To calculate these figures, they first looked at the theories about what caused the plane to crash. For instance, they assessed the likeliness of various mechanical failures, and came up with a probability for each scenario.

They then assessed historical data from previous crashes, noting, for example, that planes were usually found very close to where they were last known to have been.

Finally, Keller and her team lowered the probability of the plane being found in locations that had already been searched.

"There are two components to Bayesian maths which make it unique. It allows you to consider all the data you have including the uncertainties which is very important because nothing is certain," says Keller.

"And to combine it all - it even allows you to combine views that contradict each other.

"For instance with the Malaysian search, you have that arc to the north and the arc to the south. It's either one or the other but it can't have gone both ways, but [Bayes] allows you to preserve all your theories and weight them."

The second benefit is that the Bayesian approach is very flexible, Keller says. It allows you to update your body of knowledge at any time. If something new comes up, you factor it in and update the probability map.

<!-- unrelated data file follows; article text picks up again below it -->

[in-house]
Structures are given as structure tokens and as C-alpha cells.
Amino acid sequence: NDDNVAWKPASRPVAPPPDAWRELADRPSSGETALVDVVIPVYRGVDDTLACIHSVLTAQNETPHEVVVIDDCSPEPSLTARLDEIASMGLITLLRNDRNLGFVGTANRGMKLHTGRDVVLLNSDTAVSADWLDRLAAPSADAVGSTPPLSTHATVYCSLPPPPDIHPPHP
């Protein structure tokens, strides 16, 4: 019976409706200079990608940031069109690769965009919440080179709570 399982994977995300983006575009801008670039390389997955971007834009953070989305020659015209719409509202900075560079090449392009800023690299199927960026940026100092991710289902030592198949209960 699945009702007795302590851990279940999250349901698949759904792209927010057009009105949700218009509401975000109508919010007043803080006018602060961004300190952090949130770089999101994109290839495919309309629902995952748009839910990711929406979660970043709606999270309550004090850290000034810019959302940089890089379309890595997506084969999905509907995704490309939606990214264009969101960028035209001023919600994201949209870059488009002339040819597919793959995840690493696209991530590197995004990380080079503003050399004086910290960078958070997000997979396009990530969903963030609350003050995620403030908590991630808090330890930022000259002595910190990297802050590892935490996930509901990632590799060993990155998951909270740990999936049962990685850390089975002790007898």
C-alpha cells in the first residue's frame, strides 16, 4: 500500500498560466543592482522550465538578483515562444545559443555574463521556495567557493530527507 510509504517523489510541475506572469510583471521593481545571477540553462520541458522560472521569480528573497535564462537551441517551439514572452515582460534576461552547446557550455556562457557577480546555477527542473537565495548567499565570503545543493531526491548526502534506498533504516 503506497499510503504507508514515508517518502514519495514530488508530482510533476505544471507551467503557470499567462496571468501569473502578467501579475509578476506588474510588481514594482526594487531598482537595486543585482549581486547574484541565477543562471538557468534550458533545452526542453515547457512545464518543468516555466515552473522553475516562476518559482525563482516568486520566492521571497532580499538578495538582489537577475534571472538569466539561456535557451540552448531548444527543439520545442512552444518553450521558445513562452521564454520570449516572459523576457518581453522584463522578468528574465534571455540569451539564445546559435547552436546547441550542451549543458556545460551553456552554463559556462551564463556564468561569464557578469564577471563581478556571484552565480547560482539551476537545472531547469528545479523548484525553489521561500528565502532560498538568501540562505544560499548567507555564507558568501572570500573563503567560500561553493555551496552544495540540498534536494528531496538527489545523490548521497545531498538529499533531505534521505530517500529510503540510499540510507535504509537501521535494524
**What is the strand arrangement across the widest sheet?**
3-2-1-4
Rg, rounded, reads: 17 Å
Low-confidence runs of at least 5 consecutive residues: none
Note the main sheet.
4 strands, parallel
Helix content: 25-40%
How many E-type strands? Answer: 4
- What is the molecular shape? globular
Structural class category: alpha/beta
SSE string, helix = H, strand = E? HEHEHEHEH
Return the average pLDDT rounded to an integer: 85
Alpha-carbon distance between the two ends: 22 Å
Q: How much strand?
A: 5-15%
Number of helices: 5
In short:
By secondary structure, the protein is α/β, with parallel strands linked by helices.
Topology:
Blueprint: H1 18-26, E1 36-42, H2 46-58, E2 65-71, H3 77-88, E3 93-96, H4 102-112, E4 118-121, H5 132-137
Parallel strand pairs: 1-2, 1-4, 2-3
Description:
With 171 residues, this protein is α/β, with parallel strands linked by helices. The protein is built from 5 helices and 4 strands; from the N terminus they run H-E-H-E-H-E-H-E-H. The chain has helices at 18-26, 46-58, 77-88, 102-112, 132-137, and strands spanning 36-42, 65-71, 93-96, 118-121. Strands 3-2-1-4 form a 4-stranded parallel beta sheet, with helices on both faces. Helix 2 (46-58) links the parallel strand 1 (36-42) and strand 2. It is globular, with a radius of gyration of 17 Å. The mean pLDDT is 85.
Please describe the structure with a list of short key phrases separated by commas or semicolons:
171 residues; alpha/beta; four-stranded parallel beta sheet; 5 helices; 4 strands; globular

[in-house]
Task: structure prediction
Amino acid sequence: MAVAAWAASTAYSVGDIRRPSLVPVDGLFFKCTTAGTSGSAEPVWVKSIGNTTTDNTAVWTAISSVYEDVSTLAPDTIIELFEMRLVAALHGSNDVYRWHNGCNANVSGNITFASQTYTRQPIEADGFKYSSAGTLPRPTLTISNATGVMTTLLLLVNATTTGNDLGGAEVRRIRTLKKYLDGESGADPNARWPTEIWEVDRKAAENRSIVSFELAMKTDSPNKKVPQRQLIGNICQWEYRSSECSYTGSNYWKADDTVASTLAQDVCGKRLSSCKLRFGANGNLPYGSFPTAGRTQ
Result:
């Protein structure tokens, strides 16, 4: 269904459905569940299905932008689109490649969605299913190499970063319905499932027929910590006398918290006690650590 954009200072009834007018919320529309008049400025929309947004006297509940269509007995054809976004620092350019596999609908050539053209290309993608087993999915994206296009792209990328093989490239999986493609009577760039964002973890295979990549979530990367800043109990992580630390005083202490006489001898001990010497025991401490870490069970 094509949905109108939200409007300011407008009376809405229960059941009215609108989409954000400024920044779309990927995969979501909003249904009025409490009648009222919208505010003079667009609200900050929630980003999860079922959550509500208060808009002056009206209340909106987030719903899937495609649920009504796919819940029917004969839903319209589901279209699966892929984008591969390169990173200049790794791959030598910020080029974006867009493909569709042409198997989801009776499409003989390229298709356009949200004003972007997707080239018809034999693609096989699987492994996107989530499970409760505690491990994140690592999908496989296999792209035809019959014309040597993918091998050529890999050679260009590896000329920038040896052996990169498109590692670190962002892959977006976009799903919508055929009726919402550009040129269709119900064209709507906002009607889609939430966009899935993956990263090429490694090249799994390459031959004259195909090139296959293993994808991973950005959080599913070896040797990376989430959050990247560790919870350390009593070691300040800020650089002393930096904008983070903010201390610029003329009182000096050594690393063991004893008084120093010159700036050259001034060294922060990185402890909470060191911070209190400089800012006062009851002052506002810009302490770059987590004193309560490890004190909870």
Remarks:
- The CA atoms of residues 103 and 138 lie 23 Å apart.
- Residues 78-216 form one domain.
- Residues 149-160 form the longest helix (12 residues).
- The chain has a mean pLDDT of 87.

In the case of the Air France plane, they could be sure that the plane had come down within a 40-mile radius of the last location pinged out by its on-board computer system.

Yet this area was so huge that the investigators were struggling to know where to look.

The probability map Keller provided gave, by contrast, a much tighter area to search.

A team went out there, hoping that finally the mystery would be solved. But those hopes were dashed. There was no sign of the plane.

It seemed the statisticians could not help after all.

Some months later, though, Air France got back in touch and asked Keller to make one last attempt to analyse the data.

This time, she and her colleagues decided they were not happy with one of their initial assumptions.

The historical data showed that after a crash, the black box will be emitting a signal in 90% of cases.

In the immediate aftermath of the crash, search teams had spent a lot of time sweeping the areas close to the last known location, listening for the ping of the black box or voice recorder.

They had heard nothing. So Keller and her team had decided there was a very low probability the plane would be found there.

But what if neither the black box nor the voice recorder were sending a signal?